Subject: General Tech | May 2, 2013 - 02:59 PM | Ken Addison
Tagged: podcast, video, Indiegogo, corair, obsidian, 350d, mATX, frame rating, 4k, titan, 7990, 690, Oculus, rift, VR, 3d, amd, amd fx, vishera, hUMA, hsa
PC Perspective Podcast #249 - 05/02/2013
Join us this week as we discuss the Corsair 350D, Frame Rating in 4K, the Oculus Rift and more!
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Hosts: Josh Walrath, Allyn Malventano, Scott Michaud and Morry Teitelman
Program length: 1:04:02
Week in Review:
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Our first thoughts and impressions
Since first hearing about the Kickstarter project that raised nearly 2.5 million dollars from over 9,500 contributors, I have eagerly been awaiting the arrival of my Oculus Rift development kit. Not because I plan on quitting the hardware review business to start working on a new 3D, VR-ready gaming project but just because as a technology enthusiast I need to see the new, fun gadgets and what they might mean for the future of gaming.
I have read other user's accounts of their time with the Oculus Rift, including a great write up in a Q&A form Ben Kuchera over at Penny Arcade Report, but I needed my own hands-on time with the consumer-oriented VR (virtual reality) product. Having tried it for very short periods of time at both Quakecon 2012 and CES 2013 (less than 5 minutes) I wanted to see how it performed and more importantly, how my body reacted to it.
I don't consider myself a person that gets motion sick. Really, I don't. I fly all the time, sit in the back of busses, ride roller coasters, watch 3D movies and play fast-paced PC games on large screens. The only instances I tend to get any kind of unease with motion is on what I call "roundy-round" rides, the kind that simply go in circles over and over. Think about something like this, The Scrambler, or the Teacups at Disney World. How would I react to time with the Oculus Rift, this was my biggest fear...
For now I don't want to get into the politics of the Rift, how John Carmack was initially a huge proponent of the project then backed off on how close we might be the higher-quality consumer version of the device. We'll cover those aspects in a future story. For now I only had time for some first impressions.
Watch the video above for a walk through of the development kit as well as some of the demos, as best can be demonstrated in a 2D plane!
Subject: General Tech, Displays | November 28, 2012 - 08:07 PM | Scott Michaud
Tagged: oculus rift, Oculus
When John Carmack, Gabe Newell, and the former designer formerly known as CliffyB endorse something, it holds more clout than your typical Kickstarter project.
The Oculus Rift is a set of VR-style glasses which enclose two screens with one for each eye. You are able to track head movement to look around. You are able to see in 3D without a loss of contrast or vibrancy or otherwise introduce visual artifacts -- provided it lives up to the hype and testimony.
The Oculus was originally expected to ship at some point in December although backers just received contact by email (I have been unable to find a linkable source as of publishing) that first shipments will be available in March.
Apparently the original 5.6” LCD displays that were used for the prototypes have been discontinued by their manufacturer. The new display performs better than the original but adds an extra 30 grams of weight.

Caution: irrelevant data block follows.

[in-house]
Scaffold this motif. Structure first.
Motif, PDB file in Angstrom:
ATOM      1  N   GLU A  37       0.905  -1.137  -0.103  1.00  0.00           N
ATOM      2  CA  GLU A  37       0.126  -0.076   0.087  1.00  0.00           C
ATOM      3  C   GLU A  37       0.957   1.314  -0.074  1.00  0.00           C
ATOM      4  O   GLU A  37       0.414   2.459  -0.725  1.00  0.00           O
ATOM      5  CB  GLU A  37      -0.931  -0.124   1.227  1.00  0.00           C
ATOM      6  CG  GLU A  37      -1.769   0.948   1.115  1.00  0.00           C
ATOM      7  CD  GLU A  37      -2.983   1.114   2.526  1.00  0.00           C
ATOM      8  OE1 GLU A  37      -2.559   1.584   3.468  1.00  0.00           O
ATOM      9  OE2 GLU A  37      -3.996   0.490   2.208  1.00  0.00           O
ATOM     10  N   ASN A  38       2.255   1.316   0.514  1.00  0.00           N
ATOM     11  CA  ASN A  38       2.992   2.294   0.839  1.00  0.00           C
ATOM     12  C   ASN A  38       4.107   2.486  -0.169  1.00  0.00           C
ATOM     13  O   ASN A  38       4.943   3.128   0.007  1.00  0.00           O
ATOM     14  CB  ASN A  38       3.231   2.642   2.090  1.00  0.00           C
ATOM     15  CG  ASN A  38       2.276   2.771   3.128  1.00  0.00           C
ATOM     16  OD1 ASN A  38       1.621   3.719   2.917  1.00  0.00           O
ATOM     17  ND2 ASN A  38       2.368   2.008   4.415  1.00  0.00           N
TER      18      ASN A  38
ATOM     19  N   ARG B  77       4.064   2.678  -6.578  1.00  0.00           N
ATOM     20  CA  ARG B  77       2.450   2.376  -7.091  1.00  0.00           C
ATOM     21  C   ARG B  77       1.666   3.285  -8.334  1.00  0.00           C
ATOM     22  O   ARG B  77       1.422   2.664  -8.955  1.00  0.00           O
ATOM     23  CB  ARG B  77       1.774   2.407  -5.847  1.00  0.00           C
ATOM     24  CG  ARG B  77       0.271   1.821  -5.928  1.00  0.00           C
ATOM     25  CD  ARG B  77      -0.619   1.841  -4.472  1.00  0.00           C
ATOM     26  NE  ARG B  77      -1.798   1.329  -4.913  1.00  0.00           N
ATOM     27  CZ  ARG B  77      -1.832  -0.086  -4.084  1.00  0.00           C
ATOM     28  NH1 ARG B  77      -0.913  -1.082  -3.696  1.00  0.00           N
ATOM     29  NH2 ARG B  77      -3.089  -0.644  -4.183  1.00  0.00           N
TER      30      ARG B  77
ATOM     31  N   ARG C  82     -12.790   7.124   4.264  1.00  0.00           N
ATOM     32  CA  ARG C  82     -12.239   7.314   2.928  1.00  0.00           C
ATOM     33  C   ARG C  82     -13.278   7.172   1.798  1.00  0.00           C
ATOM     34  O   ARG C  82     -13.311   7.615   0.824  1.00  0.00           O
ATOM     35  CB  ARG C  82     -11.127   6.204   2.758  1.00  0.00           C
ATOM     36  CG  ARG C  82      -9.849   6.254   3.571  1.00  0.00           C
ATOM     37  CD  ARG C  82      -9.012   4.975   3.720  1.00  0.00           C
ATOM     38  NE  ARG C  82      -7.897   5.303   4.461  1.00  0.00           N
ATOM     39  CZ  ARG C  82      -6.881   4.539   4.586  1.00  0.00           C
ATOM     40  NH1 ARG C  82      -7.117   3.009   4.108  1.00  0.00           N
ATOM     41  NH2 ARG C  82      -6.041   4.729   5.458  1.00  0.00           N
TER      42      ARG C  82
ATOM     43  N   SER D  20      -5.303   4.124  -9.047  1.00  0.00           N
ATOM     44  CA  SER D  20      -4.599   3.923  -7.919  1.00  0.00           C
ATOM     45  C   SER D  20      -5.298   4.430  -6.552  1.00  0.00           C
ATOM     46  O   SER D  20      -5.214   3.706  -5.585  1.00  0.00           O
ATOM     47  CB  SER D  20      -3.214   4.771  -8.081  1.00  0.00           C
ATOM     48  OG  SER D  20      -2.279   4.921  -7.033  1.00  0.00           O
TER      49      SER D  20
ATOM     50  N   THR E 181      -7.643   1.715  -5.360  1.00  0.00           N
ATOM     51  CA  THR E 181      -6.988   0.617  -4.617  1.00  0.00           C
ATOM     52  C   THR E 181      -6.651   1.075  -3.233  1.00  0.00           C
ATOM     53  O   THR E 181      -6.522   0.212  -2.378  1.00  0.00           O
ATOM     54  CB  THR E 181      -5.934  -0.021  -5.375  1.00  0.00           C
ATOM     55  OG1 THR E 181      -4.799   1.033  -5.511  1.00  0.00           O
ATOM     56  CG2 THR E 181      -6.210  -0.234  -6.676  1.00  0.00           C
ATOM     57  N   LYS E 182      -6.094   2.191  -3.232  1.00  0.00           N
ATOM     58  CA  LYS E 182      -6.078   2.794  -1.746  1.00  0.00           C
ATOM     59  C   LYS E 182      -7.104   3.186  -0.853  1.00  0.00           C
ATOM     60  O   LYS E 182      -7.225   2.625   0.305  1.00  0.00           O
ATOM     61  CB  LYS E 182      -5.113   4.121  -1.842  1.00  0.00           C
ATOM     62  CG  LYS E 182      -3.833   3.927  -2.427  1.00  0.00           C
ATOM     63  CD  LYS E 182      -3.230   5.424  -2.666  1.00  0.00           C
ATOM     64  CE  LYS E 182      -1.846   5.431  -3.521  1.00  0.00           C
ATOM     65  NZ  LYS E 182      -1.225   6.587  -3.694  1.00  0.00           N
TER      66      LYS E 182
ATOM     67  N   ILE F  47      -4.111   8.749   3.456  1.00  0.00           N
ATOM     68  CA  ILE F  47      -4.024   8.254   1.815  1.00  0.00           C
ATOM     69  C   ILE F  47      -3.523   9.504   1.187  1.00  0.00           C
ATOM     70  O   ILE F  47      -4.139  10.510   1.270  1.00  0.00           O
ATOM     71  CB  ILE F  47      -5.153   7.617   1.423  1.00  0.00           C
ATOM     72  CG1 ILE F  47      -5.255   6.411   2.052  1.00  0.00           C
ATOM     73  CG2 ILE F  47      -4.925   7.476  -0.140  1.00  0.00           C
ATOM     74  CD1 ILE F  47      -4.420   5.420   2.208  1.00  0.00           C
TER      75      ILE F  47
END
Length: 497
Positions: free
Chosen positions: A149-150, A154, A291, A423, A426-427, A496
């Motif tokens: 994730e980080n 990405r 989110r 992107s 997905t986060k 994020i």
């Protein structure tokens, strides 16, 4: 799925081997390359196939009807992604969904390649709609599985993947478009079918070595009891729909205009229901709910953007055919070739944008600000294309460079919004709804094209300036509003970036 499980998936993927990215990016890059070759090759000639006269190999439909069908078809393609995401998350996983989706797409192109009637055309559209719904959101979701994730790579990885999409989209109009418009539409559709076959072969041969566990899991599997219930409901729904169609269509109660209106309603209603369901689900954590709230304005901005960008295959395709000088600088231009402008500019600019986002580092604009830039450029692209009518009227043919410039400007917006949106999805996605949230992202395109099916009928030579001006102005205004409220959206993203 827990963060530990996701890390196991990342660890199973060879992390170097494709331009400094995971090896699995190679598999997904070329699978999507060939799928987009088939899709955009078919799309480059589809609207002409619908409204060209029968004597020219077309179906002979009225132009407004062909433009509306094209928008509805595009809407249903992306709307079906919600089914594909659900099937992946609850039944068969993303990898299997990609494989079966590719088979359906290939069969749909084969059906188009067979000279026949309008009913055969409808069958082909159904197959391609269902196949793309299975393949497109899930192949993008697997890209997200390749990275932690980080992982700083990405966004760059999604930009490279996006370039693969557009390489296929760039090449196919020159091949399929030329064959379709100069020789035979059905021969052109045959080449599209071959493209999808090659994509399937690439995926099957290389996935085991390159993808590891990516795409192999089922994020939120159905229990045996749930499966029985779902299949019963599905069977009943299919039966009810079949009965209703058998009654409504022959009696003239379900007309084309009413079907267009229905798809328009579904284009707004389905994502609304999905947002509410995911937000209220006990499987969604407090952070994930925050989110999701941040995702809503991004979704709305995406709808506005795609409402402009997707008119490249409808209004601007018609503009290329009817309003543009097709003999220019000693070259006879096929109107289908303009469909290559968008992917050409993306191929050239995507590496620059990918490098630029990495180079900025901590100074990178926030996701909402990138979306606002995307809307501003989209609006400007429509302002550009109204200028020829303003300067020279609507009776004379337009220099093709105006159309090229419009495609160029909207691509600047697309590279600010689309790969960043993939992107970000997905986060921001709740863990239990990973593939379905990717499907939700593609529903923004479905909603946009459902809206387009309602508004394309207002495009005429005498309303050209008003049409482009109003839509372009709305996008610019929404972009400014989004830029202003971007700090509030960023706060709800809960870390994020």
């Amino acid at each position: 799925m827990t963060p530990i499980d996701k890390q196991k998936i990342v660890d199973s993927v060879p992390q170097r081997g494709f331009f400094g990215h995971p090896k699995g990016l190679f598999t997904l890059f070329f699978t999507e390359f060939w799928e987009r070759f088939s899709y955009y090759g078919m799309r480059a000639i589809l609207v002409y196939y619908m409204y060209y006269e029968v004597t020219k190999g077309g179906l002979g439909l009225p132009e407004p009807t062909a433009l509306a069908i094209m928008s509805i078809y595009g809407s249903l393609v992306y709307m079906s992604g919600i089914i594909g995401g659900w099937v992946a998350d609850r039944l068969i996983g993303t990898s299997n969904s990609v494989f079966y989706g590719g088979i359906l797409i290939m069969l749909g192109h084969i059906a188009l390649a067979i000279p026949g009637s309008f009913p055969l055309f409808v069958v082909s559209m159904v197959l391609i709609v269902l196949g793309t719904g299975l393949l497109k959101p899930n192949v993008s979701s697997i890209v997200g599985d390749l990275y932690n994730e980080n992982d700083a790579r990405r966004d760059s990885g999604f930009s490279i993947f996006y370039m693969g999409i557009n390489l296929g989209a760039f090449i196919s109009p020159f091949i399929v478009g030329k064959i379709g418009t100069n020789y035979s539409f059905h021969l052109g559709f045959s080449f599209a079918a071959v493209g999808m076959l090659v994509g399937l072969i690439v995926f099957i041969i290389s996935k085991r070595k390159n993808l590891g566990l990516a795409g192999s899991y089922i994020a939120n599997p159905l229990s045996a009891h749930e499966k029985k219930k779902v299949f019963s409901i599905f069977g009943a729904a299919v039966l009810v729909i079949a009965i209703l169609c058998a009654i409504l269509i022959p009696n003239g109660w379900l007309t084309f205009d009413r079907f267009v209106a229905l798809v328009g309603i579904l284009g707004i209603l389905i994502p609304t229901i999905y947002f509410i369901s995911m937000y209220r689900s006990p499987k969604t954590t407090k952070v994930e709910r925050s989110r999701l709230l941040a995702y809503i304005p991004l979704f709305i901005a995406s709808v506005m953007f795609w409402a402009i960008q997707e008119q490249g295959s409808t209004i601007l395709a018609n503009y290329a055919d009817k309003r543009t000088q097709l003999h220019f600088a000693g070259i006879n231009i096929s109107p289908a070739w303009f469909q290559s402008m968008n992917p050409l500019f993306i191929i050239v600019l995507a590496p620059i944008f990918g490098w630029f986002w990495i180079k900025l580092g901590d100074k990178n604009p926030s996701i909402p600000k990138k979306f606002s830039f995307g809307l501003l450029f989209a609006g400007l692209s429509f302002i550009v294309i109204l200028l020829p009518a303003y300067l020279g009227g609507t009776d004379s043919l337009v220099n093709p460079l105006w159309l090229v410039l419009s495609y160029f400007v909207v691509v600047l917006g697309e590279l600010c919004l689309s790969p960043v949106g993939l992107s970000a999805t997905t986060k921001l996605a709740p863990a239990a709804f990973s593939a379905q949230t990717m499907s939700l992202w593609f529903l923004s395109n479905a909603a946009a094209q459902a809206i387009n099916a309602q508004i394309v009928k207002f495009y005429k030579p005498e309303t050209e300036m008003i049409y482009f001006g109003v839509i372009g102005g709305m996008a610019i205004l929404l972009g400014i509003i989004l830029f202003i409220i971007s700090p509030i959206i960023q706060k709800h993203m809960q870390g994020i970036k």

Oculus also decided to design their own VR sensors to track head motion. The new sensor polls 1000 times per second and adds a magnetometer, likely to be utilized as a compass, alongside the accelerometer and gyroscope found on the original prototype. I am not too certain how that will affect much of the core functionality but should allow for some interesting side projects.
If you held out through the duration of the Kickstarter funding period, the Oculus is available for pre-order with those units expected to ship in April.
3+ Hours of discussion later...
The beginning of QuakeCon is always started by several hours of John Carmack talking about very technical things. This two hour keynote typically runs into the three to four hour range, and it was no different this time. John certainly has the gift of gab when it comes to his projects, but unlike others his gab is chock full of useful information, often quite beyond the understanding of those in the audience.
The first topic of discussion was that of last year’s Rage launch. John was quite apologetic about how it went, especially in terms of PC support. For a good portion of users out there, it simply would not work due to driver issues on the AMD side. The amount of lessons they learned from Rage were tremendous. iD simply cannot afford to release two games in one decade. Rage took some six plus years of development. Consider that Doom 3 was released in 2004, and we did not see Rage until Fall 2011. The technology in Rage is a big step up due to the use of iD Tech 5, and the art assets of the title are very impressive.
iD also made some big mistakes in how they have marketed the title. Many people were assuming that it would be a title more in line with Bethesda’s Fallout 3 with a lot of RPG type missions and storyline. Instead of a 80 hour title that one would expect, it was a 10+ hour action title. So marketing needs to create a better representation of what the game entails. They also need to stay a bit more focused on what they will be delivering, and be able to do so in a timely manner.